Breathing Device in Postural Orthostatic Tachycardia Syndrome (POTS)

Status:Active, not recruiting
Therapuetic Areas:Cardiology / Vascular Diseases
Age Range:18 - 80
Start Date:October 2009
End Date:December 2019

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Assessment of Inspiratory Breathing Devices to Improve Orthostatic Tolerance in Postural Orthostatic Tachycardia Syndrome

The investigators will test whether breathing through an inspiratory resistance device will
improve the ability to be upright and decrease heart rate increases on standing in patients
with postural tachycardia syndrome.

Chronic orthostatic intolerance, sometimes known as the postural tachycardia syndrome (POTS),
is the most common disorder among patients seen at several centers specializing in diseases
of the autonomic nervous system. It affects an estimated 500,000 people in the United States
alone. POTS (excessive increase in heart rate [>30 min-1] on standing associated with
orthostatic symptoms [including palpitation, chest pain syndrome, dyspnea on standing, mental
clouding and difficulties with concentration], in the absence of orthostatic hypotension) can
produce substantial disability among otherwise healthy people. Patients with POTS typically
feel tired and run down. Many also report a myriad of symptoms that are hard to categorize,
often involving fatigue. One study, from the Mayo Clinic, found that patients with POTS had a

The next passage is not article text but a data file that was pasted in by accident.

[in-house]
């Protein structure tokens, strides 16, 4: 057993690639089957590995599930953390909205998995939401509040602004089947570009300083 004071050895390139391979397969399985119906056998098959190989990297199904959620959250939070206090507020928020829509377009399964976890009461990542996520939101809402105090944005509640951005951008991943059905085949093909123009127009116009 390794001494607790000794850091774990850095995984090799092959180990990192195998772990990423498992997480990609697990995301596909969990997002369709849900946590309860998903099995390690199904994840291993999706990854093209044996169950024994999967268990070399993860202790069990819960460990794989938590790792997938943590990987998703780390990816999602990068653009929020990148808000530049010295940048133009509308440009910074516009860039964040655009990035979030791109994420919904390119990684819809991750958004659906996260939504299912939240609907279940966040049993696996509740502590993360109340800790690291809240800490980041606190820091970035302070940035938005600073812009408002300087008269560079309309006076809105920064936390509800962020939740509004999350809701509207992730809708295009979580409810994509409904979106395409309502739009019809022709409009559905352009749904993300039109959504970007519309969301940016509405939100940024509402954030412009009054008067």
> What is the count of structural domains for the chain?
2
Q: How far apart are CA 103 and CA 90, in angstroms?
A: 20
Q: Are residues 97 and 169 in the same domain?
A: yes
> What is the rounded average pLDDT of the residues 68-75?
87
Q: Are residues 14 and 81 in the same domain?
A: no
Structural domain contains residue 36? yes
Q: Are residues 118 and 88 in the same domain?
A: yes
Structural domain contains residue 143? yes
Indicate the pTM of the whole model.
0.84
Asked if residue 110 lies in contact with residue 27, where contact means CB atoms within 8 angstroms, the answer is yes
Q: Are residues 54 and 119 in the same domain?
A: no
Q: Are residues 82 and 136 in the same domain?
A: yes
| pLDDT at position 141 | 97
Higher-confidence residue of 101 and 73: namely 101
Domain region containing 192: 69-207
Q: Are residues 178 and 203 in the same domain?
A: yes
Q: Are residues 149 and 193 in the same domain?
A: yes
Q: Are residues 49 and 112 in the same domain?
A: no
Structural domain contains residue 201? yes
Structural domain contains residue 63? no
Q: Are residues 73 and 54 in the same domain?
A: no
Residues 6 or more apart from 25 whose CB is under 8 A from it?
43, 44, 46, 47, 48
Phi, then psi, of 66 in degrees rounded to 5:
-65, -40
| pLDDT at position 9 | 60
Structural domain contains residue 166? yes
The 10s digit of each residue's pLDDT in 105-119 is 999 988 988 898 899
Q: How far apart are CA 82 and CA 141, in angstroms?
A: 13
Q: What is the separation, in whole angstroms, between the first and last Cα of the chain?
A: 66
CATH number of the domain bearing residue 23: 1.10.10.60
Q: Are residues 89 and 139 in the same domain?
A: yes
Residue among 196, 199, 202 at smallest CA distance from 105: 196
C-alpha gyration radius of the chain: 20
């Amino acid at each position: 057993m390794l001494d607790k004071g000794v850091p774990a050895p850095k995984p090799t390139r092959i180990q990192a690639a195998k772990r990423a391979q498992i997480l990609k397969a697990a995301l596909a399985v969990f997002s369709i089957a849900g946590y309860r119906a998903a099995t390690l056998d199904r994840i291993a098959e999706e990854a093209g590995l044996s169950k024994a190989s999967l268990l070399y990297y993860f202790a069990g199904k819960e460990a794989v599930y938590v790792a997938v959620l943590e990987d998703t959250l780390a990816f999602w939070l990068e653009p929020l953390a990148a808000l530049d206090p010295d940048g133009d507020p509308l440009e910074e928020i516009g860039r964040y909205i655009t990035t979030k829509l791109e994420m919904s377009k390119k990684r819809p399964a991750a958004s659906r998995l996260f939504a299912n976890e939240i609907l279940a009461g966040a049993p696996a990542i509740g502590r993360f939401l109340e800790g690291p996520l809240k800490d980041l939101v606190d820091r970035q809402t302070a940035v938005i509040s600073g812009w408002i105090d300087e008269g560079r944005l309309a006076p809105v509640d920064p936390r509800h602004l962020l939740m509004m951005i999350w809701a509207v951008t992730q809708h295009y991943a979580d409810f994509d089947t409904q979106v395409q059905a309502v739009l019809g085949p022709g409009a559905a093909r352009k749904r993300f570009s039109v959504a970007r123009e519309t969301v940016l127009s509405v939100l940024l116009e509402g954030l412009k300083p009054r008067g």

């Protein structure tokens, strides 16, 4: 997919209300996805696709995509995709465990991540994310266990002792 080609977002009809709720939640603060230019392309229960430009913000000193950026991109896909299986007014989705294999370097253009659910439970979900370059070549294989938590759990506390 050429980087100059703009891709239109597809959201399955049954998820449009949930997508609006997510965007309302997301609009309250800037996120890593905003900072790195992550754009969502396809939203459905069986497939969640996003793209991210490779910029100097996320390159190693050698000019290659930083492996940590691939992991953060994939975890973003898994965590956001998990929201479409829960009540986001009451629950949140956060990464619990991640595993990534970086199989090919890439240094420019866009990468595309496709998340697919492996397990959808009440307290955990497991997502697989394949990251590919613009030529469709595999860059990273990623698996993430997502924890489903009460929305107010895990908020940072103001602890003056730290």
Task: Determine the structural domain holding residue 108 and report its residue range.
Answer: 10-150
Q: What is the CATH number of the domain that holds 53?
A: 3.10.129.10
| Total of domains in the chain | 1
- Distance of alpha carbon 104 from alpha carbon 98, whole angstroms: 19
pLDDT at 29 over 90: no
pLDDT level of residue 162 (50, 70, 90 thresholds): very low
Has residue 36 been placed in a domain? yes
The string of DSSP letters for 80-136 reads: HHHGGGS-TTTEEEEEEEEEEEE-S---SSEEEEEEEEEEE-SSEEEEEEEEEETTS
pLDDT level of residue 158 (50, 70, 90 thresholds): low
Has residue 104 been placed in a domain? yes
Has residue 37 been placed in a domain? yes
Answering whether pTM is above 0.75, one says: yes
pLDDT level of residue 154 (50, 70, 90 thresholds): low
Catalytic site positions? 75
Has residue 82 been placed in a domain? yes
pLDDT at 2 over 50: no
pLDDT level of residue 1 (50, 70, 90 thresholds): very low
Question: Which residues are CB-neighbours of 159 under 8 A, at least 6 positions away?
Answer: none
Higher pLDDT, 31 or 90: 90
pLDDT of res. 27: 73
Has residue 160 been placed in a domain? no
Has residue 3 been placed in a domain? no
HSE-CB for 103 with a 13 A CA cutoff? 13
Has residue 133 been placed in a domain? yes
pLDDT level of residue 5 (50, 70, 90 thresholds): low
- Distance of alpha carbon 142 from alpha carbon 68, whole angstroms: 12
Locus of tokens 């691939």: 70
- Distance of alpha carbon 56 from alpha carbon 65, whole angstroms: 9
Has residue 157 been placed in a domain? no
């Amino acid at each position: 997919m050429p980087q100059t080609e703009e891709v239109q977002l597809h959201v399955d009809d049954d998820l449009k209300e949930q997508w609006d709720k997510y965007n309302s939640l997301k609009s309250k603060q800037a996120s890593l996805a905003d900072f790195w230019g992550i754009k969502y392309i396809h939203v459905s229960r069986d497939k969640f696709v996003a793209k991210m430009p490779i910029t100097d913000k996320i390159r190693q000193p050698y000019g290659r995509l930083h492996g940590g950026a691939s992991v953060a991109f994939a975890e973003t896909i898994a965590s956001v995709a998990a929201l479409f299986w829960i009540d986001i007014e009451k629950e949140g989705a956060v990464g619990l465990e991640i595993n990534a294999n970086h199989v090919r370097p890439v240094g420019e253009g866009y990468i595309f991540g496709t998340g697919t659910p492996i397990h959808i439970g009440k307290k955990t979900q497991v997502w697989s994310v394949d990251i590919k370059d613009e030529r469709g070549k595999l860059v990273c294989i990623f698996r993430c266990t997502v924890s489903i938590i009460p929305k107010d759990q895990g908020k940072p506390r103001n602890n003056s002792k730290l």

diminished quality of life when measured using a standard health status instrument (SF-36).

In this pilot study, we will test the hypothesis that breathing through an inspiratory
resistance device will improve orthostatic tolerance and reduce orthostatic tachycardia in
patients with postural tachycardia syndrome.

Inclusion Criteria:

- Diagnosed with postural tachycardia syndrome by the Vanderbilt Autonomic Dysfunction

- Increase in heart rate ≥ 30 beats/min with position change from supine to standing (10

- Chronic symptoms consistent with POTS that are worse when upright and get better with

- Able and willing to provide informed consent

Exclusion Criteria:

- Overt cause for postural tachycardia (such as acute dehydration)

- Inability to give, or withdrawal of, informed consent

- Pregnant

- Other factors which in the investigator's opinion would prevent the subject from
completing the protocol
We found this trial at
1211 Medical Center Dr
Nashville, Tennessee 37232
(615) 322-5000
Principal Investigator: Satish R Raj, MD MSCI
Vanderbilt Univ Med Ctr Vanderbilt University Medical Center (VUMC) is a comprehensive healthcare facility dedicated...
Nashville, TN
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